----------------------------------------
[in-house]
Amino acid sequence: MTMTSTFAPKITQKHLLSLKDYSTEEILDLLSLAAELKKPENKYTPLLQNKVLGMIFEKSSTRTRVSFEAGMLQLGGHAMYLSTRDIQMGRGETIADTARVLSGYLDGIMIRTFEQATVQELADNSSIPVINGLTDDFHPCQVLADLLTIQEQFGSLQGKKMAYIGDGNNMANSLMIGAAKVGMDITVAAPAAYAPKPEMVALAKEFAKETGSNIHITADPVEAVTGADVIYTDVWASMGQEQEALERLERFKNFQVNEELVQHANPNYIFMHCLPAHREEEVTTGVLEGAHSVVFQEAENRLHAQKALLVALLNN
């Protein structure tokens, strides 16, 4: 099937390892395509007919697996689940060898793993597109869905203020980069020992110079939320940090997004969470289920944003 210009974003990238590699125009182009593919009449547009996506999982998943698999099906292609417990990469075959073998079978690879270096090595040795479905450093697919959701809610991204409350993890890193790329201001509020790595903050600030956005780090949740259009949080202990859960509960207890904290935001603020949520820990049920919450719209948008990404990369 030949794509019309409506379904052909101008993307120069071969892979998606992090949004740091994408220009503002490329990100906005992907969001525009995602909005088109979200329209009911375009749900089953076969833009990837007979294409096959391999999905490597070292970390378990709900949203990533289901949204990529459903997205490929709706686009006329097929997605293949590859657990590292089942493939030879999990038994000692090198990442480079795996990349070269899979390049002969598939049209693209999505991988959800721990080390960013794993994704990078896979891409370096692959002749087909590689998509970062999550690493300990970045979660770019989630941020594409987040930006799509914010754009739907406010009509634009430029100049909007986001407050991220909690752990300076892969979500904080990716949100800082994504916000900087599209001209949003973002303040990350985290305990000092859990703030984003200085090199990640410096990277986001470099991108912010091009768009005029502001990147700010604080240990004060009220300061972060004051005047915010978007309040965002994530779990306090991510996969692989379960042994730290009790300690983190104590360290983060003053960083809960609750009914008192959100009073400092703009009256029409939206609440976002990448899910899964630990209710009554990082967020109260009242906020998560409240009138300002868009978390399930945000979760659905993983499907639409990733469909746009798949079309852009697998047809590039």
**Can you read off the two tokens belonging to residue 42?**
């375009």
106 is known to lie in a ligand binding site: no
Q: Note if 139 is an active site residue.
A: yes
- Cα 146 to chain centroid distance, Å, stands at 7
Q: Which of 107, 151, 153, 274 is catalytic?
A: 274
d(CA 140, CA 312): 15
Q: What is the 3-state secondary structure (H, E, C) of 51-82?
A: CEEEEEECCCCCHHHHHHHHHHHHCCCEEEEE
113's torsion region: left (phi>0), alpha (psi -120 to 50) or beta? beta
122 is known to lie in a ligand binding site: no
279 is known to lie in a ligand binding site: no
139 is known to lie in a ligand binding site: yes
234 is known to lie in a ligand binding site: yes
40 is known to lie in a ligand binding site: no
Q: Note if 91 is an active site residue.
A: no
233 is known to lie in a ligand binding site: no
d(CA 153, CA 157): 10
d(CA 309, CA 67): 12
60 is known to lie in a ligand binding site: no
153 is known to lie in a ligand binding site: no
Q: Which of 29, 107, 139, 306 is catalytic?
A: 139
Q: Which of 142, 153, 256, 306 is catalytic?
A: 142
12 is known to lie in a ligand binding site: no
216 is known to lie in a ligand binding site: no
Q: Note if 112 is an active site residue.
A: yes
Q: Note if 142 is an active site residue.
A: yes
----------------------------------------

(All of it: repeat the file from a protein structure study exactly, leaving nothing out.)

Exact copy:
[in-house]
Amino acid sequence: MTMTSTFAPKITQKHLLSLKDYSTEEILDLLSLAAELKKPENKYTPLLQNKVLGMIFEKSSTRTRVSFEAGMLQLGGHAMYLSTRDIQMGRGETIADTARVLSGYLDGIMIRTFEQATVQELADNSSIPVINGLTDDFHPCQVLADLLTIQEQFGSLQGKKMAYIGDGNNMANSLMIGAAKVGMDITVAAPAAYAPKPEMVALAKEFAKETGSNIHITADPVEAVTGADVIYTDVWASMGQEQEALERLERFKNFQVNEELVQHANPNYIFMHCLPAHREEEVTTGVLEGAHSVVFQEAENRLHAQKALLVALLNN
């Protein structure tokens, strides 16, 4: 099937390892395509007919697996689940060898793993597109869905203020980069020992110079939320940090997004969470289920944003 210009974003990238590699125009182009593919009449547009996506999982998943698999099906292609417990990469075959073998079978690879270096090595040795479905450093697919959701809610991204409350993890890193790329201001509020790595903050600030956005780090949740259009949080202990859960509960207890904290935001603020949520820990049920919450719209948008990404990369 030949794509019309409506379904052909101008993307120069071969892979998606992090949004740091994408220009503002490329990100906005992907969001525009995602909005088109979200329209009911375009749900089953076969833009990837007979294409096959391999999905490597070292970390378990709900949203990533289901949204990529459903997205490929709706686009006329097929997605293949590859657990590292089942493939030879999990038994000692090198990442480079795996990349070269899979390049002969598939049209693209999505991988959800721990080390960013794993994704990078896979891409370096692959002749087909590689998509970062999550690493300990970045979660770019989630941020594409987040930006799509914010754009739907406010009509634009430029100049909007986001407050991220909690752990300076892969979500904080990716949100800082994504916000900087599209001209949003973002303040990350985290305990000092859990703030984003200085090199990640410096990277986001470099991108912010091009768009005029502001990147700010604080240990004060009220300061972060004051005047915010978007309040965002994530779990306090991510996969692989379960042994730290009790300690983190104590360290983060003053960083809960609750009914008192959100009073400092703009009256029409939206609440976002990448899910899964630990209710009554990082967020109260009242906020998560409240009138300002868009978390399930945000979760659905993983499907639409990733469909746009798949079309852009697998047809590039």
**Can you read off the two tokens belonging to residue 42?**
């375009």
106 is known to lie in a ligand binding site: no
Q: Note if 139 is an active site residue.
A: yes
- Cα 146 to chain centroid distance, Å, stands at 7
Q: Which of 107, 151, 153, 274 is catalytic?
A: 274
d(CA 140, CA 312): 15
Q: What is the 3-state secondary structure (H, E, C) of 51-82?
A: CEEEEEECCCCCHHHHHHHHHHHHCCCEEEEE
113's torsion region: left (phi>0), alpha (psi -120 to 50) or beta? beta
122 is known to lie in a ligand binding site: no
279 is known to lie in a ligand binding site: no
139 is known to lie in a ligand binding site: yes
234 is known to lie in a ligand binding site: yes
40 is known to lie in a ligand binding site: no
Q: Note if 91 is an active site residue.
A: no
233 is known to lie in a ligand binding site: no
d(CA 153, CA 157): 10
d(CA 309, CA 67): 12
60 is known to lie in a ligand binding site: no
153 is known to lie in a ligand binding site: no
Q: Which of 29, 107, 139, 306 is catalytic?
A: 139
Q: Which of 142, 153, 256, 306 is catalytic?
A: 142
12 is known to lie in a ligand binding site: no
216 is known to lie in a ligand binding site: no
Q: Note if 112 is an active site residue.
A: yes
Q: Note if 142 is an active site residue.
A: yes